1. The Killing Of People Named Valentine
The last Lupercalia was held at the end of the fifth century. By then, Christianity had taken over Rome, and Lupercalia was one of the few Roman holidays that was still being celebrated. Pope Gelasius ended it, though, declaring that it was a pagan ritual full of blood sacrifice that glorified sex.
Most of this ritual had been stopped anyway. Although we don’t know all the details of how it was celebrated in the fifth century, we do know that the Pope challenged the Romans who complained to actually do that “running around naked” part—and none were willing to do it.
The Romans weren’t too happy about losing a festival, though, so a new festival came into existence: St. Valentine’s Day. Well, technically, the Pope replaced Lupercalia with the slightly less popular “Feast of the Purification of The Blessed Virgin Mary,” but eventually, it became Valentine’s Day.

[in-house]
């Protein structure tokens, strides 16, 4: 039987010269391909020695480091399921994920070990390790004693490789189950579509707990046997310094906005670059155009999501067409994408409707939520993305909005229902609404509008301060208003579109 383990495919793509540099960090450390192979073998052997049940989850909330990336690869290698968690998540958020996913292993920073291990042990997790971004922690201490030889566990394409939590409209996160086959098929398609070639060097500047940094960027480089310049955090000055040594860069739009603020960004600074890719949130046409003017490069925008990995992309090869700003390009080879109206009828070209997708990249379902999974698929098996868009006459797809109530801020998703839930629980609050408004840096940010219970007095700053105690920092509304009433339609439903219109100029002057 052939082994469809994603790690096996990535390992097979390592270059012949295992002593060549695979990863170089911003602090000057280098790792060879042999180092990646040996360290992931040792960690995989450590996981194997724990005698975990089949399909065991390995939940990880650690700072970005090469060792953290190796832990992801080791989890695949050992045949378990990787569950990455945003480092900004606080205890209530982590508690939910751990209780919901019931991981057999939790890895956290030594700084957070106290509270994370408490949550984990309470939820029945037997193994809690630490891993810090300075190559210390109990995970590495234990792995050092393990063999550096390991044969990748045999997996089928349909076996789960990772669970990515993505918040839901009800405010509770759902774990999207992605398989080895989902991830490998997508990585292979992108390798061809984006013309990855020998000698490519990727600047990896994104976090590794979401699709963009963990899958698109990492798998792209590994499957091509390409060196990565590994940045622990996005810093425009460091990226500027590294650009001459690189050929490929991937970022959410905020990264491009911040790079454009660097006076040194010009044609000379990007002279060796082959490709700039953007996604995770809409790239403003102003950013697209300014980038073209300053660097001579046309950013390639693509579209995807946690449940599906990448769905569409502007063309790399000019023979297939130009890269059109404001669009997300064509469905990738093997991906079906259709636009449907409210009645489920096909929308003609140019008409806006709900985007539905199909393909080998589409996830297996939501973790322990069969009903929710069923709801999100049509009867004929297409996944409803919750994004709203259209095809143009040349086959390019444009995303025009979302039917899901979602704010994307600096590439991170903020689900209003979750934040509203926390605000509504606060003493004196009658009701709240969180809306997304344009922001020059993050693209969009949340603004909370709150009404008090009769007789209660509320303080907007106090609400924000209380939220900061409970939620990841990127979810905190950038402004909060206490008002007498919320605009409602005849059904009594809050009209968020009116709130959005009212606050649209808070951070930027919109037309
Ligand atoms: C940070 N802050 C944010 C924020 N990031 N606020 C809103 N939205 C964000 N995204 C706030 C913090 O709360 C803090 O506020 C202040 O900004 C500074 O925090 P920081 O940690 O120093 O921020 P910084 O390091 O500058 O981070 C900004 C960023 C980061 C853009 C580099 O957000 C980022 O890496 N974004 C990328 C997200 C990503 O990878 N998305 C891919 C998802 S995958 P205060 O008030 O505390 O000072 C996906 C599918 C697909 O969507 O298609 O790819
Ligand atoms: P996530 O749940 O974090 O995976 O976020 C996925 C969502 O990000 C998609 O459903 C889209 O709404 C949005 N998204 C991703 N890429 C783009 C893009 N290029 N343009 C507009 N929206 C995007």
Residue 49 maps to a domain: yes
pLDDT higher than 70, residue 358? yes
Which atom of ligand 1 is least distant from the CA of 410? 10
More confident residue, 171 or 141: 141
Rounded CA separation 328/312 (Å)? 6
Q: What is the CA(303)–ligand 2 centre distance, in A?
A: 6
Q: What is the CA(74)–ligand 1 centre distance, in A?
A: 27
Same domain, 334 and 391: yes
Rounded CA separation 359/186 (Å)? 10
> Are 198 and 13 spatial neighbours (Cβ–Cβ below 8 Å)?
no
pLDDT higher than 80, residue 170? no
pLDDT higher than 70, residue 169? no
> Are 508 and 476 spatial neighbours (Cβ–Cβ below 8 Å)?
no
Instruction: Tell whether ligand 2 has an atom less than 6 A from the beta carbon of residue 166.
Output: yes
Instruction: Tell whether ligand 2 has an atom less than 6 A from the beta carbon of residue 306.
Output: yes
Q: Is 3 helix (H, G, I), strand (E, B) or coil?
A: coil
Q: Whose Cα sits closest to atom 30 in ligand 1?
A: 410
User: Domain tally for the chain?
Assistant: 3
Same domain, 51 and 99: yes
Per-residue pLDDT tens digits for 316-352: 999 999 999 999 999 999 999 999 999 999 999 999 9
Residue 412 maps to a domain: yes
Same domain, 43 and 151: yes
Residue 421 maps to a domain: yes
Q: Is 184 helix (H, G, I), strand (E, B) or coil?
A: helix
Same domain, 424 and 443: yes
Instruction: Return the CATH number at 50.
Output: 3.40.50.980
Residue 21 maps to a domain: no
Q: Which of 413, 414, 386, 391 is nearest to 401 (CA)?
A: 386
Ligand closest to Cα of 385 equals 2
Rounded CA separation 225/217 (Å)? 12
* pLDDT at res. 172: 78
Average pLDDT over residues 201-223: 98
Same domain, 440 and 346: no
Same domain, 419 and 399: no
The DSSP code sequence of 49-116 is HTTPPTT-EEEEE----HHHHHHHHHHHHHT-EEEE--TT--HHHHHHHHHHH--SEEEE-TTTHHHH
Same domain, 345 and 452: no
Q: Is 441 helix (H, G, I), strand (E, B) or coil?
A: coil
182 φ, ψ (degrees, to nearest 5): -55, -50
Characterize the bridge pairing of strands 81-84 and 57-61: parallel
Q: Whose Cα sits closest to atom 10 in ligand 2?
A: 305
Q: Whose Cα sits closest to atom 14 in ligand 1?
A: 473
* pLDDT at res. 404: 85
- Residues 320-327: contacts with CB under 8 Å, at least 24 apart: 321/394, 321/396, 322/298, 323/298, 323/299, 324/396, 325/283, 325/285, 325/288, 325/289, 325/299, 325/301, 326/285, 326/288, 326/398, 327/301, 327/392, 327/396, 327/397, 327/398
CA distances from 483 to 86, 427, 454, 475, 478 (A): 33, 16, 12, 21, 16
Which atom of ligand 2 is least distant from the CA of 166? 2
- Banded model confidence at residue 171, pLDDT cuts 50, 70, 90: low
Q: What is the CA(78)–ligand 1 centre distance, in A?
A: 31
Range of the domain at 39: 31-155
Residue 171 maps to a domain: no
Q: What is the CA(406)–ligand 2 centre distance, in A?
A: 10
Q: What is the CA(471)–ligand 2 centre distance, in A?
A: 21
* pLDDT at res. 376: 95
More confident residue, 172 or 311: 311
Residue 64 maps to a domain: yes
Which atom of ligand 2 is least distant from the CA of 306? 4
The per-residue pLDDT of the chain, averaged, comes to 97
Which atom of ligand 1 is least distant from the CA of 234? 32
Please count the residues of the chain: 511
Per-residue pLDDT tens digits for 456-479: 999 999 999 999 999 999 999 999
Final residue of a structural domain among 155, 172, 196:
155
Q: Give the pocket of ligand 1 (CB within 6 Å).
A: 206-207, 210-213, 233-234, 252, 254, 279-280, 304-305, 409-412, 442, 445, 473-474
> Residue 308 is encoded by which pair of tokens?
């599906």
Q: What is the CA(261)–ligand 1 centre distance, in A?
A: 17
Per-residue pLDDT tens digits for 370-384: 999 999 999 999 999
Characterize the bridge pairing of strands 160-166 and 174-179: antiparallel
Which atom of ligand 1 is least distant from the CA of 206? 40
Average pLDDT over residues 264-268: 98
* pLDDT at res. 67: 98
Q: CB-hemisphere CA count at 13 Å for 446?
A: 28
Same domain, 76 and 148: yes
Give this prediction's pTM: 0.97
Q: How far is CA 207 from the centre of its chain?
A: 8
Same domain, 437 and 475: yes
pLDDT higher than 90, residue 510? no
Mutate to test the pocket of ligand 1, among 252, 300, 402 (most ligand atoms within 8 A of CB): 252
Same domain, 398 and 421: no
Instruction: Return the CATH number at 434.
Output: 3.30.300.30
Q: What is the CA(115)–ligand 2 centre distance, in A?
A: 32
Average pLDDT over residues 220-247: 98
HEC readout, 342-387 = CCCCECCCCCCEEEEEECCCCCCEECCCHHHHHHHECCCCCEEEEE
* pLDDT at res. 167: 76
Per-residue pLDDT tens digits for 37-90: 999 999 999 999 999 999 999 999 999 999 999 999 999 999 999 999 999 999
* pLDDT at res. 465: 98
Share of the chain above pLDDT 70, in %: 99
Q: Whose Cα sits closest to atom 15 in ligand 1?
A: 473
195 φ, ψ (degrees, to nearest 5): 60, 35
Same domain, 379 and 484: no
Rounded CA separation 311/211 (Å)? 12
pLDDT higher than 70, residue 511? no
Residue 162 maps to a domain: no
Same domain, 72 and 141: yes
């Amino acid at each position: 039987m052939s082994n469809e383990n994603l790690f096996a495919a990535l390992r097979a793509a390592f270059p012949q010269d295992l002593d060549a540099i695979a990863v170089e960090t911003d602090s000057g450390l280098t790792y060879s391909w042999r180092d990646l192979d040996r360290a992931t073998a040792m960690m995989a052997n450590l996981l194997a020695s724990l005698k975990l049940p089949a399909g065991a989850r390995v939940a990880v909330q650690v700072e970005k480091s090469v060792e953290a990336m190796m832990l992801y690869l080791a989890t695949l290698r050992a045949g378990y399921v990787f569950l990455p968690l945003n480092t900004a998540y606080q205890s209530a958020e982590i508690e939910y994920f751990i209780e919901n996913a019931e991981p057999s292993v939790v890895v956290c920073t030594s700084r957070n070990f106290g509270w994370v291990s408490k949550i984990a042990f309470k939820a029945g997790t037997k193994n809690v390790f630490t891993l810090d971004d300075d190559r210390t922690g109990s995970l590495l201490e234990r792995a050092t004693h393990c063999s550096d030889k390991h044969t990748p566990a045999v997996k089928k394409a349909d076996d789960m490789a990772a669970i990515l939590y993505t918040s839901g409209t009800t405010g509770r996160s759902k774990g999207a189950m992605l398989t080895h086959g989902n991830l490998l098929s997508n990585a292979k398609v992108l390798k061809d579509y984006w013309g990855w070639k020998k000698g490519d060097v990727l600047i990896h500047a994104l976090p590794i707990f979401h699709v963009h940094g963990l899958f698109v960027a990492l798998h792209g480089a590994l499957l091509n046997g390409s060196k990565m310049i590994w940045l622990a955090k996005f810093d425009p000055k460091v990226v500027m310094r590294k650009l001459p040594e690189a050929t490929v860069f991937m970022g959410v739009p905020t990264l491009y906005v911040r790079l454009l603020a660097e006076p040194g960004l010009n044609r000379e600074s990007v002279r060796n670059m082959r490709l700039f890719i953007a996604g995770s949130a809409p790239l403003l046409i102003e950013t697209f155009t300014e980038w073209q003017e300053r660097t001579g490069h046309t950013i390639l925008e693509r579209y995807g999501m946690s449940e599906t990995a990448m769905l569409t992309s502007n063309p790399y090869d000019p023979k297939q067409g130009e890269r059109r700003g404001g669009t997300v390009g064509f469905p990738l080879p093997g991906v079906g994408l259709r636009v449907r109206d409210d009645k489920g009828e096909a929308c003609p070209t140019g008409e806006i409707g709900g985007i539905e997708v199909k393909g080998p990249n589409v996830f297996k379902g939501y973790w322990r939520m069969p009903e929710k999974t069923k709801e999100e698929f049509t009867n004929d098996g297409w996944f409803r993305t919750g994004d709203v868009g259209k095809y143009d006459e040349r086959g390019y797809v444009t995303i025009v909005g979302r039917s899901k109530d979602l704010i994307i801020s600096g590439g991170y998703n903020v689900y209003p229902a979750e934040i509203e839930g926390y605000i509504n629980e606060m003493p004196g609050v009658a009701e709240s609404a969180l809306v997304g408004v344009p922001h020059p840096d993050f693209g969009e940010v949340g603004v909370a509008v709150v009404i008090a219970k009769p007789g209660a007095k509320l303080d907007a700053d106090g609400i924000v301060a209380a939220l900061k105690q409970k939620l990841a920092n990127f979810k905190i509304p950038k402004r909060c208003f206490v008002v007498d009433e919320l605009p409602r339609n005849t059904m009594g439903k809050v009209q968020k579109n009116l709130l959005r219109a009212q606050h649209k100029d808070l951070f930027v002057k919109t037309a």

The holiday got the name St. Valentine’s Day because people named Valentine had a strange habit of dying on February 14. Two separate Valentines had already died on that date, so they created St. Valentine’s Day—a day to remember a saint who got beheaded.
Over the next 1,500 years, some things changed. Instead of putting their names in jars, women got cards. Instead of hitting women with girdles, men gave them flowers.
But the holiday we celebrate today got its start here.